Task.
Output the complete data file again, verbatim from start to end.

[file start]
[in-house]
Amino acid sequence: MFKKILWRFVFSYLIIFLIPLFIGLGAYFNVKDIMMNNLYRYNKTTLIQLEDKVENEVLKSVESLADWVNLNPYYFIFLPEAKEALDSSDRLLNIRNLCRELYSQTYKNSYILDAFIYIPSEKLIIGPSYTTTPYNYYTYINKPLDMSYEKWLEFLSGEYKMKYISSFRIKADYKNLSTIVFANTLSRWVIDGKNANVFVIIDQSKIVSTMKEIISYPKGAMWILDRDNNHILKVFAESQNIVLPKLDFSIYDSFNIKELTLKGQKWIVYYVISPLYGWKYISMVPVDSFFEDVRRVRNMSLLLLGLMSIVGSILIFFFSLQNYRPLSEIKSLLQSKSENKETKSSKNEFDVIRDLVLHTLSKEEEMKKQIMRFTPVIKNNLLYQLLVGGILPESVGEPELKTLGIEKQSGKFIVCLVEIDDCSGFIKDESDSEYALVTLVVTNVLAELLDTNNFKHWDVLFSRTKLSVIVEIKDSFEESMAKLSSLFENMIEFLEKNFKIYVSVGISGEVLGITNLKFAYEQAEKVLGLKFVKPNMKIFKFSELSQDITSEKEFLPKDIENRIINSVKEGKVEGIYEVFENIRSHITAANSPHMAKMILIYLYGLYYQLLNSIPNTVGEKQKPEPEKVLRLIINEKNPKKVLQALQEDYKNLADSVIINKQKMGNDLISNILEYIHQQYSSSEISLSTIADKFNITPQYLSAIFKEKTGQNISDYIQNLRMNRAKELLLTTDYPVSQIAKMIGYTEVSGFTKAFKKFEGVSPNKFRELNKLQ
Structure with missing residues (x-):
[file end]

[in-house]
Amino acid sequence: MFKKILWRFVFSYLIIFLIPLFIGLGAYFNVKDIMMNNLYRYNKTTLIQLEDKVENEVLKSVESLADWVNLNPYYFIFLPEAKEALDSSDRLLNIRNLCRELYSQTYKNSYILDAFIYIPSEKLIIGPSYTTTPYNYYTYINKPLDMSYEKWLEFLSGEYKMKYISSFRIKADYKNLSTIVFANTLSRWVIDGKNANVFVIIDQSKIVSTMKEIISYPKGAMWILDRDNNHILKVFAESQNIVLPKLDFSIYDSFNIKELTLKGQKWIVYYVISPLYGWKYISMVPVDSFFEDVRRVRNMSLLLLGLMSIVGSILIFFFSLQNYRPLSEIKSLLQSKSENKETKSSKNEFDVIRDLVLHTLSKEEEMKKQIMRFTPVIKNNLLYQLLVGGILPESVGEPELKTLGIEKQSGKFIVCLVEIDDCSGFIKDESDSEYALVTLVVTNVLAELLDTNNFKHWDVLFSRTKLSVIVEIKDSFEESMAKLSSLFENMIEFLEKNFKIYVSVGISGEVLGITNLKFAYEQAEKVLGLKFVKPNMKIFKFSELSQDITSEKEFLPKDIENRIINSVKEGKVEGIYEVFENIRSHITAANSPHMAKMILIYLYGLYYQLLNSIPNTVGEKQKPEPEKVLRLIINEKNPKKVLQALQEDYKNLADSVIINKQKMGNDLISNILEYIHQQYSSSEISLSTIADKFNITPQYLSAIFKEKTGQNISDYIQNLRMNRAKELLLTTDYPVSQIAKMIGYTEVSGFTKAFKKFEGVSPNKFRELNKLQ
Structure with missing residues (x-):